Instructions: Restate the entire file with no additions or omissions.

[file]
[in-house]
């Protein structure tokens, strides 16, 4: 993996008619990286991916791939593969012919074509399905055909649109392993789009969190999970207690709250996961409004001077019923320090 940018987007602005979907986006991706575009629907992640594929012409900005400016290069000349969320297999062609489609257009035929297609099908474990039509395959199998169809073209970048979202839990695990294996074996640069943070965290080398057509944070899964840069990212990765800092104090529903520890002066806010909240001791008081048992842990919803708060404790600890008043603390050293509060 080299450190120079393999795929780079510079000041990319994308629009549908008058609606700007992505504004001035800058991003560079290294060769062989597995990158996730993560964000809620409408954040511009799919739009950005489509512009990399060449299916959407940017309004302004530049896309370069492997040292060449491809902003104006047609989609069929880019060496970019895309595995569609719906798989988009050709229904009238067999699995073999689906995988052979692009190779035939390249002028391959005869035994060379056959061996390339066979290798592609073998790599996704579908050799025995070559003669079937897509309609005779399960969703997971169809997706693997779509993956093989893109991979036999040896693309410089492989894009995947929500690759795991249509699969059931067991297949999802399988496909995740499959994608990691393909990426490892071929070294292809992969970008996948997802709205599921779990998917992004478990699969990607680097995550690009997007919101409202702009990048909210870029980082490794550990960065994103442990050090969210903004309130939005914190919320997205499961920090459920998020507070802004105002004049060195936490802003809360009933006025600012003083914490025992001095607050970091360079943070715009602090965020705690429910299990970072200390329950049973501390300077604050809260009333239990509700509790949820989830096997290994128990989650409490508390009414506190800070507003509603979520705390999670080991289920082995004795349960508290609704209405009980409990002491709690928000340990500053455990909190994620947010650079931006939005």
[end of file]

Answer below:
[in-house]
């Protein structure tokens, strides 16, 4: 993996008619990286991916791939593969012919074509399905055909649109392993789009969190999970207690709250996961409004001077019923320090 940018987007602005979907986006991706575009629907992640594929012409900005400016290069000349969320297999062609489609257009035929297609099908474990039509395959199998169809073209970048979202839990695990294996074996640069943070965290080398057509944070899964840069990212990765800092104090529903520890002066806010909240001791008081048992842990919803708060404790600890008043603390050293509060 080299450190120079393999795929780079510079000041990319994308629009549908008058609606700007992505504004001035800058991003560079290294060769062989597995990158996730993560964000809620409408954040511009799919739009950005489509512009990399060449299916959407940017309004302004530049896309370069492997040292060449491809902003104006047609989609069929880019060496970019895309595995569609719906798989988009050709229904009238067999699995073999689906995988052979692009190779035939390249002028391959005869035994060379056959061996390339066979290798592609073998790599996704579908050799025995070559003669079937897509309609005779399960969703997971169809997706693997779509993956093989893109991979036999040896693309410089492989894009995947929500690759795991249509699969059931067991297949999802399988496909995740499959994608990691393909990426490892071929070294292809992969970008996948997802709205599921779990998917992004478990699969990607680097995550690009997007919101409202702009990048909210870029980082490794550990960065994103442990050090969210903004309130939005914190919320997205499961920090459920998020507070802004105002004049060195936490802003809360009933006025600012003083914490025992001095607050970091360079943070715009602090965020705690429910299990970072200390329950049973501390300077604050809260009333239990509700509790949820989830096997290994128990989650409490508390009414506190800070507003509603979520705390999670080991289920082995004795349960508290609704209405009980409990002491709690928000340990500053455990909190994620947010650079931006939005």